The charity Panathlon has partnered with the England Cricket Association for the Deaf (ECAD) to expand its programme of sporting activity for deaf children.
ECAD and Panathlon will see schools for deaf and hearing-impaired children in Essex and East London enter into cricket competitions during the summer term.
They hope the partnership will allow both organisations to tap into a wider audience particularly ethnically diverse communities, enabling more deaf children to experience inclusive sport, go on to pursue cricket in mainstream settings and even potentially unearth England international cricketers of the future.
The addition of cricket will expand on Panathlon’s existing programmes for deaf students which already include swimming, boccia, ten-pin bowling, multi-sports and football.
Darren Talbot, Chief Executive of ECAD, said: “We’re excited to be working with Panathlon to support the delivery of cricket in deaf schools and schools with HI units as well as delivering competitions.
“ECAD is hoping to spread the word on deaf cricket to a larger audience. Currently we do not believe most parents are even aware of its existence.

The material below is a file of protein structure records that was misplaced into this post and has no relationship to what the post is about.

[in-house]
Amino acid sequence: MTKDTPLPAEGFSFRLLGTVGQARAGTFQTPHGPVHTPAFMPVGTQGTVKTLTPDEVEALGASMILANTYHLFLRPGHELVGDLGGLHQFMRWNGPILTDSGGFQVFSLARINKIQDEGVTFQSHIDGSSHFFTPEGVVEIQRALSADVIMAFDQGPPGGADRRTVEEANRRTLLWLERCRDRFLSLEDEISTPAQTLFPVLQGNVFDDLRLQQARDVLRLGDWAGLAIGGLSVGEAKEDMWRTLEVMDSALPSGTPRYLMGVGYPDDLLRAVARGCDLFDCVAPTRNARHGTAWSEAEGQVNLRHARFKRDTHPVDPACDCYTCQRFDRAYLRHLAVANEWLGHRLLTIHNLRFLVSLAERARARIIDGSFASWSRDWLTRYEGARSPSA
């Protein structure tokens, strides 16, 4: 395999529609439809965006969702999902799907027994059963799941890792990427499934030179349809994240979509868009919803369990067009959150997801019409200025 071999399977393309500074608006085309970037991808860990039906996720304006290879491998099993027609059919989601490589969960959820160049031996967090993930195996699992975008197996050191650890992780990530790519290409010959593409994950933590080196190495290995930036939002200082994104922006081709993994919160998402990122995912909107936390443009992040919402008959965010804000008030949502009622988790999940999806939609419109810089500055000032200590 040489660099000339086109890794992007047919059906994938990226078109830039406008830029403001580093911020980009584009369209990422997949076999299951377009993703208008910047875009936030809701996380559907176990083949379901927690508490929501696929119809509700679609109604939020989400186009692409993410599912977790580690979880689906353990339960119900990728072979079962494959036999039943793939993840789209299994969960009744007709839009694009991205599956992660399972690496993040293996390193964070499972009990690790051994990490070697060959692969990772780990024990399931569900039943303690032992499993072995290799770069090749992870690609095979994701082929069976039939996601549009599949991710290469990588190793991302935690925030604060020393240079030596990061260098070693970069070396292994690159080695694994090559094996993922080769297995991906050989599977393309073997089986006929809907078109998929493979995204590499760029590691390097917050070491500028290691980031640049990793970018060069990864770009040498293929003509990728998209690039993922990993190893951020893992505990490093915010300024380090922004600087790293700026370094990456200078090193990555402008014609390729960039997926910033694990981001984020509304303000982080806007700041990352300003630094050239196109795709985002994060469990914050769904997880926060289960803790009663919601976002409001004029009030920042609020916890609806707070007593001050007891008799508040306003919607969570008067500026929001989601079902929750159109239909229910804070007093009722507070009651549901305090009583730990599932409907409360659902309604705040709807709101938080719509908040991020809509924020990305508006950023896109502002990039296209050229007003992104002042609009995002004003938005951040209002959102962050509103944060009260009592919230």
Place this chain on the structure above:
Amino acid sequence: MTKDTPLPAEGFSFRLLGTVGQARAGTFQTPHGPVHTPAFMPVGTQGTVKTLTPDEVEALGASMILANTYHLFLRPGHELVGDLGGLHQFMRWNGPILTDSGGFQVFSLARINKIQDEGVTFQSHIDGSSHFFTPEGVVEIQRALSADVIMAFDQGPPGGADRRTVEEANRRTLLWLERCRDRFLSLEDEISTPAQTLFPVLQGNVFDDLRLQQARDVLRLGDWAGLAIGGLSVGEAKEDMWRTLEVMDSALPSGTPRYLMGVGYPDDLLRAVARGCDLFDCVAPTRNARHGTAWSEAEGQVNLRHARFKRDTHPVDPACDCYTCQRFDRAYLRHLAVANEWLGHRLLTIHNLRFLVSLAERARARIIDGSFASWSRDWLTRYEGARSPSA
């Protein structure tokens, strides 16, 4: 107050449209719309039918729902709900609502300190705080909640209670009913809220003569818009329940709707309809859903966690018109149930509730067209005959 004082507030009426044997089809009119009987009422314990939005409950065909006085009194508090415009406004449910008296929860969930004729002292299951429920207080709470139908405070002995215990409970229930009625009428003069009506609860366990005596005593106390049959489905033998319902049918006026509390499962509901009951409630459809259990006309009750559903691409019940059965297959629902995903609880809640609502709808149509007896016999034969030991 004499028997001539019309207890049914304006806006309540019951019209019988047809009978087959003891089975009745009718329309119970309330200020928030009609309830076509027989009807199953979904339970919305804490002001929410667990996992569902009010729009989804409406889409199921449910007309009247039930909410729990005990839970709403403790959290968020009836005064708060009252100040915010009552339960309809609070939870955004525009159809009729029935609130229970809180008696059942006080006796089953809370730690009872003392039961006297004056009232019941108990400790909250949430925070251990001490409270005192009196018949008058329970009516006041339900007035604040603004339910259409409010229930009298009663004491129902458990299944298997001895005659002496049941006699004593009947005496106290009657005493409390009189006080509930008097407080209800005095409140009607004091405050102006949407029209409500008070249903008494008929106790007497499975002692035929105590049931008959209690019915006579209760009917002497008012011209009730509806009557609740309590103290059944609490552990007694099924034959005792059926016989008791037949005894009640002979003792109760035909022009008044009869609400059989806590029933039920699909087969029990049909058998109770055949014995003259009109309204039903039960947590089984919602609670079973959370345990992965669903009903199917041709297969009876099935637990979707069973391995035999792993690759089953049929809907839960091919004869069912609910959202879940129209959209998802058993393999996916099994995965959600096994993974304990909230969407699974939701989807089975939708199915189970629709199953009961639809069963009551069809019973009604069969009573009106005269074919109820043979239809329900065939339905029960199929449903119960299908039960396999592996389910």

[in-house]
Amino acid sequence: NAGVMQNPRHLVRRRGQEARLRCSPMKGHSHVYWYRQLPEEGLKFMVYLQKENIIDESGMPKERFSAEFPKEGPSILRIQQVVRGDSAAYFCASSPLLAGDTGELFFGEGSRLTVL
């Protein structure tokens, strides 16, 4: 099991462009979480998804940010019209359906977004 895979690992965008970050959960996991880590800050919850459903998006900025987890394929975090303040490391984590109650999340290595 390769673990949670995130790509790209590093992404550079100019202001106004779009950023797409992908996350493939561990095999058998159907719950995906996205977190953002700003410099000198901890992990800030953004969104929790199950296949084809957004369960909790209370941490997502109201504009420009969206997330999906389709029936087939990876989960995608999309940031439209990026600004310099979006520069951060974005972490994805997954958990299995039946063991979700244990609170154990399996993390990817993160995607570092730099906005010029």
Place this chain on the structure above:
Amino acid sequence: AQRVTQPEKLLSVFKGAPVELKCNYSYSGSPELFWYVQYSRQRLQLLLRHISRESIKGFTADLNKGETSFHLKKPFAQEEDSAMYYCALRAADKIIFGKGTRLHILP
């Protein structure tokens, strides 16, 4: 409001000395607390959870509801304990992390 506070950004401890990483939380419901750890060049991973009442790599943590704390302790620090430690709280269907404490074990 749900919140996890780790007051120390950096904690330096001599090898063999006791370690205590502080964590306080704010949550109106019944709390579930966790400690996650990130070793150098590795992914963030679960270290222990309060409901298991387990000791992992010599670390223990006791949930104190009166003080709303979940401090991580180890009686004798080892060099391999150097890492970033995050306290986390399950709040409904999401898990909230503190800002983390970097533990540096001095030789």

“Our aims are to try to find a way to get the players involved in our deaf cricket pathway and to assist them in their cricketing journey within a mainstream 'hearing' environment should they also choose to go down that route.”
To raise awareness of this opportunity, England deaf cricket international James Dixon has been holding Q&As with schools via Zoom during the Covid-19 lockdown, giving pupils an opportunity to engage with, and be inspired by a deaf sporting role model.
The format of the summer’s cricket activities will depend on Covid-19 restrictions in place at the time; If pupils are still in school but severe restrictions remain in place, the activity will be ‘virtual’ within individual schools, delivered by staff. However if permitted, James and other England deaf cricket coaches will visit schools and deliver coaching and competition internally. Lastly if the virus has retreated sufficiently, there will be a multi-school cricket festival with eight schools competing in two pools of four.
Panathlon’s Chief Operating Officer, Tony Waymouth, commented: “We are delighted to be able to enhance our offer to deaf schools who engage with our wider deaf programme.
“Through the third UK lockdown it’s been great to have James Dixon and also England women’s rugby international Jodie Ounsley holding online Q&As with schools to give deaf pupils role models who share their disability and have reached the pinnacle of sporting achievement.”